Following the recent economic climate many previously employed professionals who have found themselves made redundant have made the decision to switch to a future career as a contractor. There are considerable work / life benefits in opting for this career path but it can seem a little daunting too if you have been an employee for most of your working life.
When starting out as a contractor you are likely to secure your first few contracts through a recruitment agency and therefore we have given you the following information relating to the payment options available to you.
contracting through a recruitment agency
1. PAYE through the agency
In this scenario you become an employee of the agency, which is the more traditional ‘temp’ model. Tax and National Insurance contributions are deducted at source. You will be paid weekly or monthly on submission of a timesheet.
This is suitable for short term assignments and is the route that most mainstream temporary workers adopt. As an employee you are entitled to full statutory rights and benefits and can expect an approximate net take home pay of 66%.
2. PAYE through an umbrella company
Umbrella companies have been around for many years but are relatively unknown to most temporary workers. Through this model you are employed by the umbrella company and as above Tax and National Insurance contributions are deducted at source (along with the umbrella’s fee). With this route you are able to reclaim limited expenses which can help to reduce the tax and NI you pay.
This is a tax efficient route if you are only planning on taking very short term contracts or are only temping whilst looking for a permanent role. Once again you are entitled to full statutory rights and benefits and can expect an approximate net take home pay of 72%.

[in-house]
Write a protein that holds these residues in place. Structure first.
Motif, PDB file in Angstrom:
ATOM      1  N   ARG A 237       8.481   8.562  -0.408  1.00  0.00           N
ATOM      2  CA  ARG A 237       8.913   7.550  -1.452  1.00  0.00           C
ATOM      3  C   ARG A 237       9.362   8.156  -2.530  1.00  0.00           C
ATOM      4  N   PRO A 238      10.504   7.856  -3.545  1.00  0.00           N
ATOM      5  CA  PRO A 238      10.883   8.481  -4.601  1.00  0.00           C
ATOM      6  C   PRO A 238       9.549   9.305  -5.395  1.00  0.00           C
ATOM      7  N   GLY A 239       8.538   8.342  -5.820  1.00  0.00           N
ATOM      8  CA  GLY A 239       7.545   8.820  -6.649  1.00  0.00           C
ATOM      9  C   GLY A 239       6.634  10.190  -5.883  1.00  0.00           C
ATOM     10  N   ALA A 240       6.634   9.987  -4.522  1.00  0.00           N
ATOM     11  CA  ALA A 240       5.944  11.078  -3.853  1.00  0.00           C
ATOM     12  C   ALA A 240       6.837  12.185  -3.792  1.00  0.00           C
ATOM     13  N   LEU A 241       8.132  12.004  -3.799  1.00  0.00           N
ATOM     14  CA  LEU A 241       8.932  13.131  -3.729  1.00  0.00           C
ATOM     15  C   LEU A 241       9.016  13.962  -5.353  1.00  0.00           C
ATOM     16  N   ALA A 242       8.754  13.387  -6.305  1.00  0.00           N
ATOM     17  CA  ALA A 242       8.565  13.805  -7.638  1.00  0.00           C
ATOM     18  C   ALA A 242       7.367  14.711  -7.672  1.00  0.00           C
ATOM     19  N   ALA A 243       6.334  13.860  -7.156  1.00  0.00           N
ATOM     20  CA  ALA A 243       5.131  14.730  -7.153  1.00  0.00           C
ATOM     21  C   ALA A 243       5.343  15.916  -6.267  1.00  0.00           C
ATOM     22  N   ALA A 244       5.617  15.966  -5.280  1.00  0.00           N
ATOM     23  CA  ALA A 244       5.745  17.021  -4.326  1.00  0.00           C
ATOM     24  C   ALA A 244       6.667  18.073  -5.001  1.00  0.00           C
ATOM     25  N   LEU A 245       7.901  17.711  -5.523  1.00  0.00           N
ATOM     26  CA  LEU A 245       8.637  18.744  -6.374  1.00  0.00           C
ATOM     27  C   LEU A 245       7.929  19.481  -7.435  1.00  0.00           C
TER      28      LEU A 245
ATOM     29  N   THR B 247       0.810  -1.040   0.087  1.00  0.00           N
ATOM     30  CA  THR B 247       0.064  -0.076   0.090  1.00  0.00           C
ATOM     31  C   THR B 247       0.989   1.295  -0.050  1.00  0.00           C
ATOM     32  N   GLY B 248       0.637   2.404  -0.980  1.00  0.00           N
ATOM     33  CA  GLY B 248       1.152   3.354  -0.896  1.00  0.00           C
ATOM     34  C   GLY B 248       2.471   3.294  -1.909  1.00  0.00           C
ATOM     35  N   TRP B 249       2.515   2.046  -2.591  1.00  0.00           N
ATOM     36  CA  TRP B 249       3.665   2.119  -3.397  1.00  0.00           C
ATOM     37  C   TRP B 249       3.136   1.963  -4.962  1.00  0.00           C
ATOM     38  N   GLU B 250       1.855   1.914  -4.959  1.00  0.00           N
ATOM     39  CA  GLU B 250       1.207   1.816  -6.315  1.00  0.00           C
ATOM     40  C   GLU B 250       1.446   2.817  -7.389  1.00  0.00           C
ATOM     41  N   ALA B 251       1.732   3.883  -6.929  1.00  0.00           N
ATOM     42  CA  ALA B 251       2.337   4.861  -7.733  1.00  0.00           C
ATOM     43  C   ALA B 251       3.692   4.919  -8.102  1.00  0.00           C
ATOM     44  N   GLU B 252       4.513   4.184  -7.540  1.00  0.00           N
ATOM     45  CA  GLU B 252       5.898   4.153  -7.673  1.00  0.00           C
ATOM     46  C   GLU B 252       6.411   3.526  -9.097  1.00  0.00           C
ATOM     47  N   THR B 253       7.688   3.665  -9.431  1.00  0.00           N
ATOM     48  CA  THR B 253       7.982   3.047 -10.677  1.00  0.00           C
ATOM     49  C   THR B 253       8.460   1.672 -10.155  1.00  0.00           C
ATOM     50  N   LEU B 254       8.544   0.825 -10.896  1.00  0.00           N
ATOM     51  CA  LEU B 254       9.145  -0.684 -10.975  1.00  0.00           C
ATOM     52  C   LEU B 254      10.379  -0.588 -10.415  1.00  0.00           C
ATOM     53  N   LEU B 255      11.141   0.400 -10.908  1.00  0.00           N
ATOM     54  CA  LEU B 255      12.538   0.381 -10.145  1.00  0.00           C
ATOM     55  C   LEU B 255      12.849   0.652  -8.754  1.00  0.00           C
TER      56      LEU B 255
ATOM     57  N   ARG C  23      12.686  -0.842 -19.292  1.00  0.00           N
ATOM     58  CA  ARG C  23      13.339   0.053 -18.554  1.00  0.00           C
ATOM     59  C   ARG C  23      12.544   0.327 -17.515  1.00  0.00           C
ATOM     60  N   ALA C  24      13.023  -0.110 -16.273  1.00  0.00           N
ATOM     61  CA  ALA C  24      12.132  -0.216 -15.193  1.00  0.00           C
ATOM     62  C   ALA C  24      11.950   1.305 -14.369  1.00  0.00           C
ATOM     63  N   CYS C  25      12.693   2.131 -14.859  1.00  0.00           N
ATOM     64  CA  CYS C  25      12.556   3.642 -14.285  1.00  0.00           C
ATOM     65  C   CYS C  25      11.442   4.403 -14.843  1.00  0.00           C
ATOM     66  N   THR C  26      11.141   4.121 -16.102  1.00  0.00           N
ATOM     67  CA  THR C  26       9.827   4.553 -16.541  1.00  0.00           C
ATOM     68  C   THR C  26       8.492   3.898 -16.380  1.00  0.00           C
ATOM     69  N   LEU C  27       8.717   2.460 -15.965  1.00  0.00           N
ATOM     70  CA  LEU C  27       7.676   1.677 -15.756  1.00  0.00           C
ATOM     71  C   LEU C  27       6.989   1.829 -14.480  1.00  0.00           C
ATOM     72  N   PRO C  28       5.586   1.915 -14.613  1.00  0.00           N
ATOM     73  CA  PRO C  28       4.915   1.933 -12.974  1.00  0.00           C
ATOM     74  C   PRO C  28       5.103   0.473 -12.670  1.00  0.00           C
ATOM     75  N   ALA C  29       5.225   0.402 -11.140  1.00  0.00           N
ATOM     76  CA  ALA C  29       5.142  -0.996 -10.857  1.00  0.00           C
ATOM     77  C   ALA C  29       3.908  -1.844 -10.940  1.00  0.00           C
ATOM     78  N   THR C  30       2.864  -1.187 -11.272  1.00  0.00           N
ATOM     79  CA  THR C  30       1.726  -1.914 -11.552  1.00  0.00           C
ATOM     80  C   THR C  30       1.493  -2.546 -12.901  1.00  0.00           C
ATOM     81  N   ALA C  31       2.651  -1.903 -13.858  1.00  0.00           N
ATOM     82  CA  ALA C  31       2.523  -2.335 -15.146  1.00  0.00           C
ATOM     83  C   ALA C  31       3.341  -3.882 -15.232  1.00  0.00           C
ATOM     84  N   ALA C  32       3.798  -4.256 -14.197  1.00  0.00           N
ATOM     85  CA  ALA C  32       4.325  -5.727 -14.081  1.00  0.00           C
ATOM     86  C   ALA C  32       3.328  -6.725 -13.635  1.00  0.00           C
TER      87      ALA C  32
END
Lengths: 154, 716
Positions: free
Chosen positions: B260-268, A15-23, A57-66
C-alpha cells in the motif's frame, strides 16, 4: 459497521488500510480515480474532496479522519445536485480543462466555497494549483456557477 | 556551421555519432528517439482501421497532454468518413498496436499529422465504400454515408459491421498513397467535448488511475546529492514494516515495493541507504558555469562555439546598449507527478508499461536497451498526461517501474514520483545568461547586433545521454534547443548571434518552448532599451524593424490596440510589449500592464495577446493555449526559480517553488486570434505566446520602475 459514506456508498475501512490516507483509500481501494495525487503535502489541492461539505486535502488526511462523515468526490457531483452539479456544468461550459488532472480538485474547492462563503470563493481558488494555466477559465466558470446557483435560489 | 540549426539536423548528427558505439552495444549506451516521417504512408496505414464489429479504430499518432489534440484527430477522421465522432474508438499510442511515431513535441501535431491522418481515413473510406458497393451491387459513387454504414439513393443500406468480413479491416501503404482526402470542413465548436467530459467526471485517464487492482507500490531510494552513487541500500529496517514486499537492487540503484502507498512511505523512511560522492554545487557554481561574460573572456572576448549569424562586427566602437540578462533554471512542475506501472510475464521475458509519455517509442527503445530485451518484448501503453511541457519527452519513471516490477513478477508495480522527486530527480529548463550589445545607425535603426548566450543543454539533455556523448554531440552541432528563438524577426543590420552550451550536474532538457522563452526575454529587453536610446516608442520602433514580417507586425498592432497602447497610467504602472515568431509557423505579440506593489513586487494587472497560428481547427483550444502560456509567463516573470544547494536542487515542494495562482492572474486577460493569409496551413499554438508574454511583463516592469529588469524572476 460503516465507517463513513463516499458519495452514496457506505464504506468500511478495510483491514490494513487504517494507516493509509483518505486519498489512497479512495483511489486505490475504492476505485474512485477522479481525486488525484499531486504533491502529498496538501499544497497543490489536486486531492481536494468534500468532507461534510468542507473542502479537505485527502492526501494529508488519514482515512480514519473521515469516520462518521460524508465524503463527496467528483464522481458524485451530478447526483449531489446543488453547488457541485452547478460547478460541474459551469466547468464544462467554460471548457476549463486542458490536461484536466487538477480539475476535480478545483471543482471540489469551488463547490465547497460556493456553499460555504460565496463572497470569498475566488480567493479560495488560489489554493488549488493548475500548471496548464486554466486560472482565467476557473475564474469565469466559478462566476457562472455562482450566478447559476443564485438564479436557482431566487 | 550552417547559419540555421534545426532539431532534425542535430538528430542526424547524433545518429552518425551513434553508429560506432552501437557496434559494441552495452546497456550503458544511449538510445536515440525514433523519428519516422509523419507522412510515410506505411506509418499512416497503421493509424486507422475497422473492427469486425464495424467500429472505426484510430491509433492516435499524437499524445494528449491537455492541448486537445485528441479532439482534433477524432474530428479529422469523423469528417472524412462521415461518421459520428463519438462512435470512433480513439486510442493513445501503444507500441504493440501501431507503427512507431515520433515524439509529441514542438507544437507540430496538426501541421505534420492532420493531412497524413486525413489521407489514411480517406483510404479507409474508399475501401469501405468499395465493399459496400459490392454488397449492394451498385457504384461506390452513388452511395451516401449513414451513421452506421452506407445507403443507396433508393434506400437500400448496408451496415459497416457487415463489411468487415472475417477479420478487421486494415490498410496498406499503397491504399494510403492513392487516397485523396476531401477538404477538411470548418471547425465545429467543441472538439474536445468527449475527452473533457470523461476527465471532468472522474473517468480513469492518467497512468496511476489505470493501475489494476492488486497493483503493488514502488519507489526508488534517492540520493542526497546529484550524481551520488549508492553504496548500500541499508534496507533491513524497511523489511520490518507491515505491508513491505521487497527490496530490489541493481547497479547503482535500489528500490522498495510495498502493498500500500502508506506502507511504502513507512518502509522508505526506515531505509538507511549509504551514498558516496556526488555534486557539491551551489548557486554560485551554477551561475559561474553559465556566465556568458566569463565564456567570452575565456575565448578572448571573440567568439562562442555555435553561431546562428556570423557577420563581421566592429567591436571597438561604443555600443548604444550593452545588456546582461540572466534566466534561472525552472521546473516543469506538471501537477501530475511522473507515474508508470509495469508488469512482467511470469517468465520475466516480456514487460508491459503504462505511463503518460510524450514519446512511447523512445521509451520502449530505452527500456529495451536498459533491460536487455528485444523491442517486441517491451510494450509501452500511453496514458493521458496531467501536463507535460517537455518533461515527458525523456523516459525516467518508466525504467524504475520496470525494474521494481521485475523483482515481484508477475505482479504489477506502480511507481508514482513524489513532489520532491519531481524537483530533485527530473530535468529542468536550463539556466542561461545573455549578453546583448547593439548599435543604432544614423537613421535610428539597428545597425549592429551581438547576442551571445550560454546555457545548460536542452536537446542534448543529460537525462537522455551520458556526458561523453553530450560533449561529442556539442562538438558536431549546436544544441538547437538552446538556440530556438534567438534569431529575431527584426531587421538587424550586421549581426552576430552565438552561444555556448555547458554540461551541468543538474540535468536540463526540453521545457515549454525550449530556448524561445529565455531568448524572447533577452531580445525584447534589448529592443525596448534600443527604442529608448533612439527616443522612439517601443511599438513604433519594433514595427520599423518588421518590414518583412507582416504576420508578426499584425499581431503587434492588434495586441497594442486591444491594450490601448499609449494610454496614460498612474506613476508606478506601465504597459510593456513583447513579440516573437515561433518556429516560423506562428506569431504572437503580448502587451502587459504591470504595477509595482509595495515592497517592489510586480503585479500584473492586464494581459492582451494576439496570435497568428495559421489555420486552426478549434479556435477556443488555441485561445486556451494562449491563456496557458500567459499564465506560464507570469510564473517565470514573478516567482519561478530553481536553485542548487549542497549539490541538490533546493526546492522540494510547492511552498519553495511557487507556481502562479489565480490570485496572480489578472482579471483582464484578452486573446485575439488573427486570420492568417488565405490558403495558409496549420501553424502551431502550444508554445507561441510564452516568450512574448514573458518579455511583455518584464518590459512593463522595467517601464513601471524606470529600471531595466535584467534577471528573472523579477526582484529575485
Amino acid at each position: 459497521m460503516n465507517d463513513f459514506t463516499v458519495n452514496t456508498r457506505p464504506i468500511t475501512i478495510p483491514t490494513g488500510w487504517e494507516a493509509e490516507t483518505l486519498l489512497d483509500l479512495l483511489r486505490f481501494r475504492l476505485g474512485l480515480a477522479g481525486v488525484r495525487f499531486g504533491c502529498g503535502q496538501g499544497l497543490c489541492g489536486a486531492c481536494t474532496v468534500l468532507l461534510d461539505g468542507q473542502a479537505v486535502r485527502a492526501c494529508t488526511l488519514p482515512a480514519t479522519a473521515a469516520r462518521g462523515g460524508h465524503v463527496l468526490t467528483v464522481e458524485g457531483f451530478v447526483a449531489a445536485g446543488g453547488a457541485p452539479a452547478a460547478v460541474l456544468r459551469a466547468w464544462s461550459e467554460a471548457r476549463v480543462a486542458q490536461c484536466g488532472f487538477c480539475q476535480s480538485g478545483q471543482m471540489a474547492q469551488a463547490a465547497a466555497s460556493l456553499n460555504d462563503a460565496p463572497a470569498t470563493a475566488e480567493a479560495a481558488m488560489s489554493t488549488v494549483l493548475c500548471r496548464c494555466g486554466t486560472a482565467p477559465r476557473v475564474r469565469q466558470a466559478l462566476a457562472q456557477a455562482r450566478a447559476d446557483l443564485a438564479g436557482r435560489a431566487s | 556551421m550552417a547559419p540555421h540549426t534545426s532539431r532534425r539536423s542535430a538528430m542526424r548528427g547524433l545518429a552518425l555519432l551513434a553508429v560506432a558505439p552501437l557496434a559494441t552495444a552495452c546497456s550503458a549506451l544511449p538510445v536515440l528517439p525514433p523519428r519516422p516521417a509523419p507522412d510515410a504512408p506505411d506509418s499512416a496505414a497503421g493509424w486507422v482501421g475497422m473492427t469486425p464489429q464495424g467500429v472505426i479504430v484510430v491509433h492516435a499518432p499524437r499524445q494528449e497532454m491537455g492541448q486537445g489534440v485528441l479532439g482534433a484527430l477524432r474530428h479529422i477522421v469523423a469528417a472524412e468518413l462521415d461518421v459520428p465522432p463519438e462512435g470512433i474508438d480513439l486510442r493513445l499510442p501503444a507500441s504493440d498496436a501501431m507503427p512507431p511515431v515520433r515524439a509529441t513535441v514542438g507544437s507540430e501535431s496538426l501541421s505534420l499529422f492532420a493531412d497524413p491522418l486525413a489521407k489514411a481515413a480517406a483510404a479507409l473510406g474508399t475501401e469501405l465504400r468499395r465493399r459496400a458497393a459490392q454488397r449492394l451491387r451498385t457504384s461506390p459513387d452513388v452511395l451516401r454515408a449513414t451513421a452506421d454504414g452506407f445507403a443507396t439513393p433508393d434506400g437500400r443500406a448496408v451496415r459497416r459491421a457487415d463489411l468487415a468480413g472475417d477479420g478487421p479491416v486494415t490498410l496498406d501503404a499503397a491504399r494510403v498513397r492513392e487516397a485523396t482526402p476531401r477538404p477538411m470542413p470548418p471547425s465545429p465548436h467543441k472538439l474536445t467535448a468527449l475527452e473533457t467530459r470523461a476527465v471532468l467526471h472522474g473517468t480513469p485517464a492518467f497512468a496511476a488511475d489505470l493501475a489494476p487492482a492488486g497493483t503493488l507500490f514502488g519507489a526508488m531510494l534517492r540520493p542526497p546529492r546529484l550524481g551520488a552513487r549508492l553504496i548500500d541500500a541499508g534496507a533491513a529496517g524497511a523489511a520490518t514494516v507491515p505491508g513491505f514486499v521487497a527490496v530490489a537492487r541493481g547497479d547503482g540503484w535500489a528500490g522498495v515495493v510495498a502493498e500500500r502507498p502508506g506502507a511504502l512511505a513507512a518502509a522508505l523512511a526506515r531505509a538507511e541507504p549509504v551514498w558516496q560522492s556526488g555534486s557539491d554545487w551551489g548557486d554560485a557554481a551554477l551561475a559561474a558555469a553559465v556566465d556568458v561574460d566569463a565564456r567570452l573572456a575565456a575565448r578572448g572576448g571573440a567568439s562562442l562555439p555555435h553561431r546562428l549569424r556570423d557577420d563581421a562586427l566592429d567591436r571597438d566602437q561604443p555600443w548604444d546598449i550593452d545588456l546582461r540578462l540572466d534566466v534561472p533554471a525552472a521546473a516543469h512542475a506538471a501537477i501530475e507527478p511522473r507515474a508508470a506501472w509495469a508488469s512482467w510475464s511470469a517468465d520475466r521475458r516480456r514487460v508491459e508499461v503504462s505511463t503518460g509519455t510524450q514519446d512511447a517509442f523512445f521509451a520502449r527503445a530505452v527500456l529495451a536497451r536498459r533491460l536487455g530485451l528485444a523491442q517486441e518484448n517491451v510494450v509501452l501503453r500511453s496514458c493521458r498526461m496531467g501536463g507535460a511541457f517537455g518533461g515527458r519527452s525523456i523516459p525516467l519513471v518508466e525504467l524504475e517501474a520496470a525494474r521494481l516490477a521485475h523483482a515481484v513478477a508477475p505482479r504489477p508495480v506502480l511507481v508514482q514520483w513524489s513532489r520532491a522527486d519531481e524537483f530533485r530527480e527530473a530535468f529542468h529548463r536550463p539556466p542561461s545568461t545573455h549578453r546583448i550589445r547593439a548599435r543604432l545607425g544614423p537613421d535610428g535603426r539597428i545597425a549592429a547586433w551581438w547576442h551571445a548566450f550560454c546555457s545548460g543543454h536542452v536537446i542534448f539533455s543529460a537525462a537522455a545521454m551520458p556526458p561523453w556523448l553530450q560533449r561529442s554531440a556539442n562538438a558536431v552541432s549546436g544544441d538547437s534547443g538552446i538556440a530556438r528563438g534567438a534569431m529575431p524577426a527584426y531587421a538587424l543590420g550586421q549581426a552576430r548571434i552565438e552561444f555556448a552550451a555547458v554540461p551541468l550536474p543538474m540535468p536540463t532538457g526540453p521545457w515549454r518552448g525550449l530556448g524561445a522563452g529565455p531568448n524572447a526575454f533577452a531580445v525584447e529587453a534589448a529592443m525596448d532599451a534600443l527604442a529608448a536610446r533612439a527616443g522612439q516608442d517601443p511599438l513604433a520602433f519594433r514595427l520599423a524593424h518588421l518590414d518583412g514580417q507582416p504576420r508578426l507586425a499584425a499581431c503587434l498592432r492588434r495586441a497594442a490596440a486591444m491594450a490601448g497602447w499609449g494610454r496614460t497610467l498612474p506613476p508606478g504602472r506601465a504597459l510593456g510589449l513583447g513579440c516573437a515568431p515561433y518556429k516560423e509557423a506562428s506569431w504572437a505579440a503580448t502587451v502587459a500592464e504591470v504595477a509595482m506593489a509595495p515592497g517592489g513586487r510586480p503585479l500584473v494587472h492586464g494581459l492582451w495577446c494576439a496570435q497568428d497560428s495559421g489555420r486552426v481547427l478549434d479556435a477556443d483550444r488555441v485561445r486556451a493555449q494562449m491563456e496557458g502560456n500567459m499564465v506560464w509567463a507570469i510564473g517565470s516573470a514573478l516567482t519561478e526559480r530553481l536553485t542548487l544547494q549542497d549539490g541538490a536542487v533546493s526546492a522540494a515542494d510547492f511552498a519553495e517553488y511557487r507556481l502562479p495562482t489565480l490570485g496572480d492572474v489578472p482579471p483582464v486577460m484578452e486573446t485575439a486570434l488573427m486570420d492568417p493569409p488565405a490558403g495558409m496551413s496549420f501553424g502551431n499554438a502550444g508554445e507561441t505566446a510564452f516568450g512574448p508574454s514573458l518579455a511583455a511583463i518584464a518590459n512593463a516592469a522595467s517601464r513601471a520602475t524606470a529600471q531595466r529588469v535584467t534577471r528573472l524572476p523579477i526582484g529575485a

3. contracting through a personal service company (PSC)
This is the traditional contracting route and allows you to trade through your own limited company. The Company engages with a client (i.e. the recruitment agency or end client) providing your services, an invoice is submitted for the work carried out and you are responsible for managing your business and personal tax affairs.
As a limited company contractor you claim legitimate business expenses, pay yourself a low annual salary and take dividends on the profits generated by the business. Dividends are free from National Insurance and as a result you can expect a net take home pay of around 85%.
what’s best for you?
Most contractors choose option 3, however operating through a personal service company is not a decision to be taken lightly. As the director of the limited company you will have legal responsibilities and will need to commit to the long term running of your company with the intention of making a profit and paying all tax obligations as required.
We have plenty of experience helping contractors decide if this route is for them, including valuable guidance surrounding the IR35 legislation.
Once you’ve decided to take the plunge we can help you incorporate your company, register with the necessary authorities and put the processes in place to maintain compliant accounts from day one.
We will give you the tools required and simple instructions, all you need is a computer or laptop and a few minutes each week. You then pass your records over to us and we’ll do the rest.
To find out more give us a call on 01737 652 852 or submit an enquiry with your telephone number and we’ll call you back!